This study presents experimental investigations of generic steel Front Bumper and Crush Can (FBCC) assemblies subjected to a 40% offset frontal impact. As automotive industries aim to reduce overall vehicle weight by applying lighter-weight materials to its structures, component-level studies become important. Computer aided models are valuable tools to complement physical testing by assessing the performances of these structures. Due to the lack of studies on component-level tests with FBCCs, a novel component-level test procedure would be useful to aid in CAE correlation. A sled-on-sled testing method was used to perform all the tests reported here. Impact speed was optimized such that there was no bottoming-out force for this type of test. Three high-speed cameras (HSCs), an infrared (IR) thermal camera, and several accelerometers were utilized to study impact performance of the FBCC structures.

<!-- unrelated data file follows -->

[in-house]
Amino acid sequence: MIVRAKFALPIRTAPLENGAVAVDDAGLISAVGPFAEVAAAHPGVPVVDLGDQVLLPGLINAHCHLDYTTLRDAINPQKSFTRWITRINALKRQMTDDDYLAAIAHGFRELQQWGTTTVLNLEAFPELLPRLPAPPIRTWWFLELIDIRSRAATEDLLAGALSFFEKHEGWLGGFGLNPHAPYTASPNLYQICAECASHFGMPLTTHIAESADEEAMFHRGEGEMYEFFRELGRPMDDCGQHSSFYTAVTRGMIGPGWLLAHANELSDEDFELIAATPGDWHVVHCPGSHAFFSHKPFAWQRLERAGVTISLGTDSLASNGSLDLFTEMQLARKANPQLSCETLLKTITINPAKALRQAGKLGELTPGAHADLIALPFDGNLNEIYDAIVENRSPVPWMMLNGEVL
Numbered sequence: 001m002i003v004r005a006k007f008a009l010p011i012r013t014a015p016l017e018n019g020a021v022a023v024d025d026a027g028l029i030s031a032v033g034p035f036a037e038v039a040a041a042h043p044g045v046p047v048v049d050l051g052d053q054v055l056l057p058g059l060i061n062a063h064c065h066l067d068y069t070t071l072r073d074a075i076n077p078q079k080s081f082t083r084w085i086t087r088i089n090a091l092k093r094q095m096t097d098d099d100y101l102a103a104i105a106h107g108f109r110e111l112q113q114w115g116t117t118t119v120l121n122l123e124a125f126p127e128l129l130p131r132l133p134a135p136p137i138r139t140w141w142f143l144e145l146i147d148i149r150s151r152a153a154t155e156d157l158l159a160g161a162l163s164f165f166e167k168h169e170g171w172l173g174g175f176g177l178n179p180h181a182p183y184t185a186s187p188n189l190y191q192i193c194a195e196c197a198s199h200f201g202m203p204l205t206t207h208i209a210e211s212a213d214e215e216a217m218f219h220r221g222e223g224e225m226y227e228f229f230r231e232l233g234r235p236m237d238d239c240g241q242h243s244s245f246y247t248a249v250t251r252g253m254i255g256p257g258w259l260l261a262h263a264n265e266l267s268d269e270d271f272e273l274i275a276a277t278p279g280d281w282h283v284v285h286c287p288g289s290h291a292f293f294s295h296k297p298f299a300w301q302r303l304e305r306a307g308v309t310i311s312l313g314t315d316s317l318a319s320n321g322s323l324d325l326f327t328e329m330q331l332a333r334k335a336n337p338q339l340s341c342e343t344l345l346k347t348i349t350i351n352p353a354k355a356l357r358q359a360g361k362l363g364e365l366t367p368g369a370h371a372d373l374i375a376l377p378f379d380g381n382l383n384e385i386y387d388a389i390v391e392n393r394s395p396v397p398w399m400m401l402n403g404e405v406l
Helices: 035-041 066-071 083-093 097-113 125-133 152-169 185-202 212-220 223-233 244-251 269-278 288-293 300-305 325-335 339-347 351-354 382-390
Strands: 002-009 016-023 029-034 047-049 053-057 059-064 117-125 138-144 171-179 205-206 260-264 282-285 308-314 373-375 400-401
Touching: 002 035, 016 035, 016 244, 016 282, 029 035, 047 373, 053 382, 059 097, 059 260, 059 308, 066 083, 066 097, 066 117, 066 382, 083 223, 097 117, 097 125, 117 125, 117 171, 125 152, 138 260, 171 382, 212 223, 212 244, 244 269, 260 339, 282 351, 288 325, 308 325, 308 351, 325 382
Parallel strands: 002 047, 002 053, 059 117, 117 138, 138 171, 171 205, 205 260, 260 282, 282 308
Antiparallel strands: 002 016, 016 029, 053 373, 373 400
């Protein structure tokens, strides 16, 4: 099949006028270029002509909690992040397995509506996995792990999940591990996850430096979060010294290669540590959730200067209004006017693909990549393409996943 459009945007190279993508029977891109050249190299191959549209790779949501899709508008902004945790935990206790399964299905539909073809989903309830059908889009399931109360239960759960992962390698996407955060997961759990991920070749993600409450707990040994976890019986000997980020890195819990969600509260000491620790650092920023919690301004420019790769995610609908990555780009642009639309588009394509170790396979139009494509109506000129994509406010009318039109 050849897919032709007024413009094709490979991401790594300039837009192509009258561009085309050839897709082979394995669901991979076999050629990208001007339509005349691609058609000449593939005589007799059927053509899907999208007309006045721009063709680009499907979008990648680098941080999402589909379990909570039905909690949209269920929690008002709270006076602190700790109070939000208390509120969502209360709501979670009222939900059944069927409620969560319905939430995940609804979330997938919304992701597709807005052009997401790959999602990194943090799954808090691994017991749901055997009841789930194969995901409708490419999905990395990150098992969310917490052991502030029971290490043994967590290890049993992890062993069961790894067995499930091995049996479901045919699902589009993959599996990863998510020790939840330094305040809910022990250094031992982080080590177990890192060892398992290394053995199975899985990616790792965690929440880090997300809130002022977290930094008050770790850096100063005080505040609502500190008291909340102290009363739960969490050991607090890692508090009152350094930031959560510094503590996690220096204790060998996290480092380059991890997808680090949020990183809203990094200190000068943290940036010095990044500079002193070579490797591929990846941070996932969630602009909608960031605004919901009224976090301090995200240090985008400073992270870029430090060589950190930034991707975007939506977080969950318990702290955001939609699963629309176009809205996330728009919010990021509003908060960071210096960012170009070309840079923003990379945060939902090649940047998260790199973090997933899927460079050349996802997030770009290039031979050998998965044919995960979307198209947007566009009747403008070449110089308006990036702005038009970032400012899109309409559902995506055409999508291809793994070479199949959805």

The results showed that time histories of displacement and velocity from video tracking and accelerometers were in good agreement. The force-time history and force-displacement curves from different FBCC specimens were consistent and in good agreement with respect to each other with a low coefficient of variation calculated. Post-impact deformation pattern analysis of the samples showed consistent crush patterns. Heat was generated and dissipated at the tip of the crush can and progressed as the can started to fold.